Christine gave us a ton of good stuff to look at. You know, you start off at a landfill, you have a bunch of different types of plastic, and they can break down into a bunch of different looking microplastics.
So in addition to the primary and secondary microplastics that I just mentioned, you have microfibers, and those will usually come from, you know, your clothes or nets to catch fish.
So this is an example of a microfiber.
So, I have a couple of samples here from Jesse Meiller’s lab at American University.
These microplastics are from around D.C. So this is actually from a tributary that leads to the Anacostia River. So this is filter paper that about like 200 milliliters worth of water has actually been filtered through.
The other thing she told me was that I have to be careful to not keep this open to the air for too long because there’s so many microplastics around us, and, you know, when the AC comes on, or whatever, it might be that it’s really easy to contaminate this.
That totally looks like it could be a microplastic.
Now that I know what microplastics look like, I’m gonna try this rainwater again, but seeing how much stuff was on that filter paper gave me an idea.
Now, I don’t happen to have a Buchner funnel lying around at home, but I do have my AeroPress coffee brewer. I also should say that this AeroPress is made out of plastic.
Ee! There’s things.
It’s kinda hard to tell because the filter paper isn’t dry yet.
Ew, what is that?
So I found something, but before we pull up the microscope footage to see if my local rain has plastic in it, does it matter? Should we care?
The long and short of it is yes, I should definitely care because microplastics can have a lot of things in them and on them that are bad.
DDT, for example, is one of the things that will stick to microplastics.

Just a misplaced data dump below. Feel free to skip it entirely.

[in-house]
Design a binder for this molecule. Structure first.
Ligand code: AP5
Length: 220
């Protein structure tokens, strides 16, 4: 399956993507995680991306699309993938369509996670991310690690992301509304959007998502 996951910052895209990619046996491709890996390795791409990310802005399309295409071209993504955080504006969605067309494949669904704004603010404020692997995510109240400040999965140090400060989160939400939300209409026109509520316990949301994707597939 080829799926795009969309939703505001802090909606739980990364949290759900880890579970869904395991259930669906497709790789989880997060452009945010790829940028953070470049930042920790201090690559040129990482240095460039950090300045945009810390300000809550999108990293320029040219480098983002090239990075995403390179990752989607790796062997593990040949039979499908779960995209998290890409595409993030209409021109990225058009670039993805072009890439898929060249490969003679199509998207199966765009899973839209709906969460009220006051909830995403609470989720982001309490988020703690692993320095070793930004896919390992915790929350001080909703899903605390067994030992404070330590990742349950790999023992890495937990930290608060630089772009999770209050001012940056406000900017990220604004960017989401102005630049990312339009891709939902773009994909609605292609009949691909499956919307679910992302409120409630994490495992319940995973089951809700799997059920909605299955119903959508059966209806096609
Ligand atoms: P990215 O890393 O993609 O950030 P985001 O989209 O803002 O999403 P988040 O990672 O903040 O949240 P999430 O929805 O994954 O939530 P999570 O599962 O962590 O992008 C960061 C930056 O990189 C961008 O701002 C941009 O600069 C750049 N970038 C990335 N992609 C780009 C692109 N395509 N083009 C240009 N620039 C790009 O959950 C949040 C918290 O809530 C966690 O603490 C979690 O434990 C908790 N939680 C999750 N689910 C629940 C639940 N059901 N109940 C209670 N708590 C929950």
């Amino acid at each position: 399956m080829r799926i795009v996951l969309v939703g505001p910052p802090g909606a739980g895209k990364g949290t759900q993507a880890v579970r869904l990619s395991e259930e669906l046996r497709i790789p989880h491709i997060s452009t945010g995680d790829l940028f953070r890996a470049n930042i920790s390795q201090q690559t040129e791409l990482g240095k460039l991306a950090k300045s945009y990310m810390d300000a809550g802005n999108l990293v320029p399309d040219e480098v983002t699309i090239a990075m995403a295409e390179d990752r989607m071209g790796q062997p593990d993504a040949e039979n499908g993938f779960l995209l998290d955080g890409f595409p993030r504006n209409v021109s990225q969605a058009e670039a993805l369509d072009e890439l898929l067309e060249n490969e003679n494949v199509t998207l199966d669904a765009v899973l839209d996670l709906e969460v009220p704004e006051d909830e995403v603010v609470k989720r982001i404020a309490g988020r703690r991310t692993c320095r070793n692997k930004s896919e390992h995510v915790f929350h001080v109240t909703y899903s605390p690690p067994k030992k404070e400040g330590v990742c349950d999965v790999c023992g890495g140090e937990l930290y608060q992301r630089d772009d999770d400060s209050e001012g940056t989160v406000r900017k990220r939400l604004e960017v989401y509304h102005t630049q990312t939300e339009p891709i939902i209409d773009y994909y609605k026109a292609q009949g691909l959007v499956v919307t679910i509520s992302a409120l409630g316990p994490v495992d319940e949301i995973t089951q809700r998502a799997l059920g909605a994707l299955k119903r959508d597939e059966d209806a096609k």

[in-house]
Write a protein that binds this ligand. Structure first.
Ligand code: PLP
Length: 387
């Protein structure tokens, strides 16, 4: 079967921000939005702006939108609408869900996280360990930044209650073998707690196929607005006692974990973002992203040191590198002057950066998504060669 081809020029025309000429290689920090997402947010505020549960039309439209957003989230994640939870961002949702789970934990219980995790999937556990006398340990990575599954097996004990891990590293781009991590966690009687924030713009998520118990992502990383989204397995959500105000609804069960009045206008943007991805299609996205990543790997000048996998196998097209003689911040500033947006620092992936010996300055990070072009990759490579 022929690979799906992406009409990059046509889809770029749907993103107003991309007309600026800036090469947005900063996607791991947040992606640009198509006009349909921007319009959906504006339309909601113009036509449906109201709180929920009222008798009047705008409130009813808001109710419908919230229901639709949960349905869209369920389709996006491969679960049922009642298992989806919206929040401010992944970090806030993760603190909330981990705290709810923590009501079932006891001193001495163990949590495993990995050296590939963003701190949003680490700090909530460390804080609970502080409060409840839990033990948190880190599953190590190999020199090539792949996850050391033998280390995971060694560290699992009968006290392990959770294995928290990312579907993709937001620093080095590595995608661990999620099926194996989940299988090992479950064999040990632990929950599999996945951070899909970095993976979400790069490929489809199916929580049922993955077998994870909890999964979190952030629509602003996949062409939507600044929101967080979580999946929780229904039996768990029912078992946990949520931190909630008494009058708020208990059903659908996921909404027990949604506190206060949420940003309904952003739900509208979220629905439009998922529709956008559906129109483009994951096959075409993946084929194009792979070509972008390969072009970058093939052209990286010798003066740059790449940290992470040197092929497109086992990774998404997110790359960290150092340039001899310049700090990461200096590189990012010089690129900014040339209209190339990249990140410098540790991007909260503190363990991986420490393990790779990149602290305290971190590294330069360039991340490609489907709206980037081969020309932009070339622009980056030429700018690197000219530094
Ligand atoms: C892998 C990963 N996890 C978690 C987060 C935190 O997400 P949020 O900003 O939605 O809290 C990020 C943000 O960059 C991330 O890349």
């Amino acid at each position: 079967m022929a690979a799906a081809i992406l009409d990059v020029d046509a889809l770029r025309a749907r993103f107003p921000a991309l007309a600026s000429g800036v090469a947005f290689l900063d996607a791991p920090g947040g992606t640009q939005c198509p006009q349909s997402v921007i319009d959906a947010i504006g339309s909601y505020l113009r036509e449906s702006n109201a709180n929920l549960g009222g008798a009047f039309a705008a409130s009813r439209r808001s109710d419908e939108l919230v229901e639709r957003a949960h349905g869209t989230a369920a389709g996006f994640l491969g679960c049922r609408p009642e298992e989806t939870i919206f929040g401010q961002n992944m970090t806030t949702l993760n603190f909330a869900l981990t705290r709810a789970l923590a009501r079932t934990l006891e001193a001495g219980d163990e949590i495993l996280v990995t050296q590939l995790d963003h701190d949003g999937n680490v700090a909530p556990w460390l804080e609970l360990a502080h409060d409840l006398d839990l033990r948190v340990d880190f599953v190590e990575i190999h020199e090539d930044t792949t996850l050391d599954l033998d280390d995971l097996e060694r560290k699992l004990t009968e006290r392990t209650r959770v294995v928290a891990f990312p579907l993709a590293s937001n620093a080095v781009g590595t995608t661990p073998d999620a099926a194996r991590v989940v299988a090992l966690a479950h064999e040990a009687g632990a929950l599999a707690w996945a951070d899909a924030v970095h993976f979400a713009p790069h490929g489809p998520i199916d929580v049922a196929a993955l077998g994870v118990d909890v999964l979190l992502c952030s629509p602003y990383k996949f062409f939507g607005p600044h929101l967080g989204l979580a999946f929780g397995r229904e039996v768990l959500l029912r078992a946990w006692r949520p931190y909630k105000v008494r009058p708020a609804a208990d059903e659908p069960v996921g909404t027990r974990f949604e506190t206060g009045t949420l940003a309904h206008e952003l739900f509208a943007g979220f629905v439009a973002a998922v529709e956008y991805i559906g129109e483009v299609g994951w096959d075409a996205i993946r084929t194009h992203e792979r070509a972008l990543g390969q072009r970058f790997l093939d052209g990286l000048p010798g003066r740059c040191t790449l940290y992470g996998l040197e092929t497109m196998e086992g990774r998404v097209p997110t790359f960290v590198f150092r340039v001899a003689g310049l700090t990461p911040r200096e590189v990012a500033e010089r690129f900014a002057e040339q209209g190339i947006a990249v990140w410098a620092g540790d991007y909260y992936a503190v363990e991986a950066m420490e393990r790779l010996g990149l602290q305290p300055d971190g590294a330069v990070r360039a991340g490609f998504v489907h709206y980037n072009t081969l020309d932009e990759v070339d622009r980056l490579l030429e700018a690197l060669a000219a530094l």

Not all places in the world have banned DDT, plus it sticks around for years, and even when it does break down, its breakdown products are also toxic and they’ll accumulate through a process called biomagnification.
So say a fish eats some microplastics that have DDT on them. And then a bigger fish eats that fish along with a bunch of other fish that have DDT in them. Then we eat that big fish. We’re getting all of that built-up DDT.
In terms of things in microplastics, you have chemicals like phthalates that are added to plastics to make them more flexible, or compounds like bisphenol A, or BPA, that’s used to make hard, clear plastics.
Both phthalates and BPA are endocrine disruptors, just like DDT.
Right now, we don’t have data from humans saying microplastics cause X, but there’s a ton of research going on to figure out what these bits of plastic and the stuff that they bring with them are doing to us.
So yeah, we should care. I care, which is why I’m running out in the middle of a rainstorm to collect samples.
Ew, what is that?
There’s a ton of stuff on this piece of filter paper, which I wasn’t totally expecting.
Even though a lot of it could be contamination, this to me looks like a microplastic, which is a reminder that we’re surrounded by this stuff all the time.
… we eat, drink, breathe etc… but plastic is all over the place… and it will end up in us…